A secure web gateway, or SWG, is a service that sits between your enterprise network and the public internet. All web-destined traffic passes through the SWG, where enterprise web filtering and application control policies are applied. Traditionally, an SWG is a hardware device that sits in the data center, which means all remote, branch, and edge traffic needs to be backhauled through a single appliance. As part of a SASE solution, an SWG sits in the cloud instead, so remote traffic doesn’t need to pass through the data center. This improves overall network performance, reduces or eliminates bottlenecks, and ensures consistent application of acceptable use policies and application security controls.
Firewall-as-a-Service, or FWaaS, delivers next-generation firewall technology as a cloud-based service. That means remote and cloud-destined traffic can bypass the firewall in your data center, reducing bottlenecks and performance issues. At the same time, FWaaS provides the same level of security and protection as an NGFW, including features like URL filtering, intrusion detection and prevention, and deep packet inspection (DPI). FWaaS gives SASE solutions the ability to protect remote, edge, and cloud-destined traffic with the same policies and controls as the main enterprise network to ensure consistent security and optimal performance.
SASE technology uses CASB, ZTNA, SWG, and FWaaS to defend your network edge. However, you still need a way to direct remote, branch office, and edge traffic to your SASE security stack. That’s where SD-WAN technology comes in.
Accessing SASE technology with SD-WAN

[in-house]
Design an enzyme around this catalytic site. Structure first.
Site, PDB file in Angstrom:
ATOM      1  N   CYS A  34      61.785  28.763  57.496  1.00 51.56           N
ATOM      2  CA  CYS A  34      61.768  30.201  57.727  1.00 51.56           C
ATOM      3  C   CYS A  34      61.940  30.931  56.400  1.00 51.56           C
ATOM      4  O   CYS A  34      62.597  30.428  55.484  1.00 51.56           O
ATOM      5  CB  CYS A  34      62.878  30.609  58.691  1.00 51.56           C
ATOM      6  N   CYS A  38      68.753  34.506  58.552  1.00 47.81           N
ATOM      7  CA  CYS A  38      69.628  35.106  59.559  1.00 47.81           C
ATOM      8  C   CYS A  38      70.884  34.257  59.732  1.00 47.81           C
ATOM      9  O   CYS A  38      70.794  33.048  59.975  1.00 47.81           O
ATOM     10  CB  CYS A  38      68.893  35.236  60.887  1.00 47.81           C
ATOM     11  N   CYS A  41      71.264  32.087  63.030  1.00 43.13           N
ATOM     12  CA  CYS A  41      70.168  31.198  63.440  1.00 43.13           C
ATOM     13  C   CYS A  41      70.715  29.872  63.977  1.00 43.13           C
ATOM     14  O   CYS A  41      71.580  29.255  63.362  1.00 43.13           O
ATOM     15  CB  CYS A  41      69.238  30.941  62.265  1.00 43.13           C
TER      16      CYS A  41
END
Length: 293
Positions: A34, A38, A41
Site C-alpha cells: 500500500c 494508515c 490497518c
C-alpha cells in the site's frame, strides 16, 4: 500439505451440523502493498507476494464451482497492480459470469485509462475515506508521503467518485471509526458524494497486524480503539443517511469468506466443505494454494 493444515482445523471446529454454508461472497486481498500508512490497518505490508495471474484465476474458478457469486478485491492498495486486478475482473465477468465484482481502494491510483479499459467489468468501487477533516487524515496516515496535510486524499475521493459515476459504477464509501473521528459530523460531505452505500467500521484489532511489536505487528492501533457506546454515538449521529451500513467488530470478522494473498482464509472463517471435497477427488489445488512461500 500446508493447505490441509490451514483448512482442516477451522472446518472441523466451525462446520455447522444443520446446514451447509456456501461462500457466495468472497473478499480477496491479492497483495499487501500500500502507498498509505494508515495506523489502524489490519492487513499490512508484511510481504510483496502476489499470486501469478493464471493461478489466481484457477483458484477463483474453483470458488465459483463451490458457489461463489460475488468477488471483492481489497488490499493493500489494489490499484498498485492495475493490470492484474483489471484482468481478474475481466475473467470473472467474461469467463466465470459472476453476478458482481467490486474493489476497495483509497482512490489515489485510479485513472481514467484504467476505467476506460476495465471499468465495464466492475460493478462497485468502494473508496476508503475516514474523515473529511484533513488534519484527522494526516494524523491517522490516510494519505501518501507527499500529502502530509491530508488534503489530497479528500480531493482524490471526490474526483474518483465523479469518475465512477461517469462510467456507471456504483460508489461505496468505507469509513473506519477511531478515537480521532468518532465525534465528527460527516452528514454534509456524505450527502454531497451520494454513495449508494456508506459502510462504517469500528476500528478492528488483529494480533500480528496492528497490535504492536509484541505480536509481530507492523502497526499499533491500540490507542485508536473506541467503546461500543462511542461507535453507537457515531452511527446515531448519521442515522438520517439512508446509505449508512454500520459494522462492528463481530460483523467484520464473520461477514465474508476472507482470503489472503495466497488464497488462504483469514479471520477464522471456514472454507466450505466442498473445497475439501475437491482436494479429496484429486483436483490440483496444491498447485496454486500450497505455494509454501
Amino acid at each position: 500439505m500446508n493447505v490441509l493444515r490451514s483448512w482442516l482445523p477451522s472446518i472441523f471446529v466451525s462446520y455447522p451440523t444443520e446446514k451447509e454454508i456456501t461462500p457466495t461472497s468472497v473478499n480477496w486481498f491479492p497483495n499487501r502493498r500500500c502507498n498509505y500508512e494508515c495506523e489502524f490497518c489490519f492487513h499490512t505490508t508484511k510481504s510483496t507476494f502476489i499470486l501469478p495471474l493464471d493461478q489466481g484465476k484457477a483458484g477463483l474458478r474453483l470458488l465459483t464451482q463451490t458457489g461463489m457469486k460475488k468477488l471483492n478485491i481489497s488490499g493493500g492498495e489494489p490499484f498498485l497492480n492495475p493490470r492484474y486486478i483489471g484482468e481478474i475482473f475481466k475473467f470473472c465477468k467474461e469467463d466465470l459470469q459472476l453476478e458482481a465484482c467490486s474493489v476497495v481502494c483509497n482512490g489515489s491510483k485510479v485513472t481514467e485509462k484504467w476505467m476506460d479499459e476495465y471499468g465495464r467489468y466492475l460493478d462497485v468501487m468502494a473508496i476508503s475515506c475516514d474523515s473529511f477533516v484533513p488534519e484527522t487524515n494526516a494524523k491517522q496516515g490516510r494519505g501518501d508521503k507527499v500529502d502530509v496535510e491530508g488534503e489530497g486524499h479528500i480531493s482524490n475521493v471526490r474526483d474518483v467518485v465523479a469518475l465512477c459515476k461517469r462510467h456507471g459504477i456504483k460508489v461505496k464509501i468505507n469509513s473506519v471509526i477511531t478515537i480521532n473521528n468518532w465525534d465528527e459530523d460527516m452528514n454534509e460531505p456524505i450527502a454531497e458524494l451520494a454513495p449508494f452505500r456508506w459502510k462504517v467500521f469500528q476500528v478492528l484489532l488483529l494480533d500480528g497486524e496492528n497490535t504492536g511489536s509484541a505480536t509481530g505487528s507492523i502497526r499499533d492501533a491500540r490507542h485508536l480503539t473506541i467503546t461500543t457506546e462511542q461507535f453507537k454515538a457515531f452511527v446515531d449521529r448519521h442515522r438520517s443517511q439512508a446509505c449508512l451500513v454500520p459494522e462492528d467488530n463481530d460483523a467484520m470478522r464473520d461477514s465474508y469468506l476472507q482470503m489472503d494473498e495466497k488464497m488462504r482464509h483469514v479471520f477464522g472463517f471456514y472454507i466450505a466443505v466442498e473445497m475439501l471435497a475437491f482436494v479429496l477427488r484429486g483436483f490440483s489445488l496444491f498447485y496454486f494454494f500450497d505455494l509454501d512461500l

While it’s possible to use standard WAN architectures to connect to SASE technology, the most reliable and efficient way to access SASE is with SD-WAN. SD-WAN uses software abstraction to create a virtual overlay management network on top of your WAN hardware. This virtual management network enables the use of automation and orchestration to manage the remote network traffic.
In a SASE deployment, SD-WAN uses intelligent routing to separate all remote traffic that’s destined for the cloud. Instead of backhauling this traffic through the enterprise firewall, SD-WAN routes it through the SASE technology stack, significantly reducing the load on your data center infrastructure. This improves network and application performance for your entire enterprise without sacrificing security.
SD-WAN solutions may sit on top of traditional WAN infrastructure, or they may replace that hardware entirely, using SD-WAN routers provided by the vendor. However, rather than investing in specialized vendor hardware, an even better approach is to use vendor-neutral network management devices that can host or integrate with every piece of your SASE and SD-WAN technology stack.
For example, the Nodegrid line of vendor-neutral serial consoles and network edge routers are the perfect on-ramp for your SASE solution. Nodegrid can directly host or integrate with third-party SD-WAN solutions like Palo Alto Networks’ Prisma SD-WAN, or you can use ZPE Cloud’s SD-WAN app. Nodegrid also supports seamless integrations with your choice of SASE provider, giving you a unified, centralized SD-WAN and SASE orchestration platform.
SASE learning center:
★ Understanding Key SASE Components & Benefits
★ SASE Implementation: A Step-by-Step Guide for Businesses
★ The SASE Model: Key Use Cases & Benefits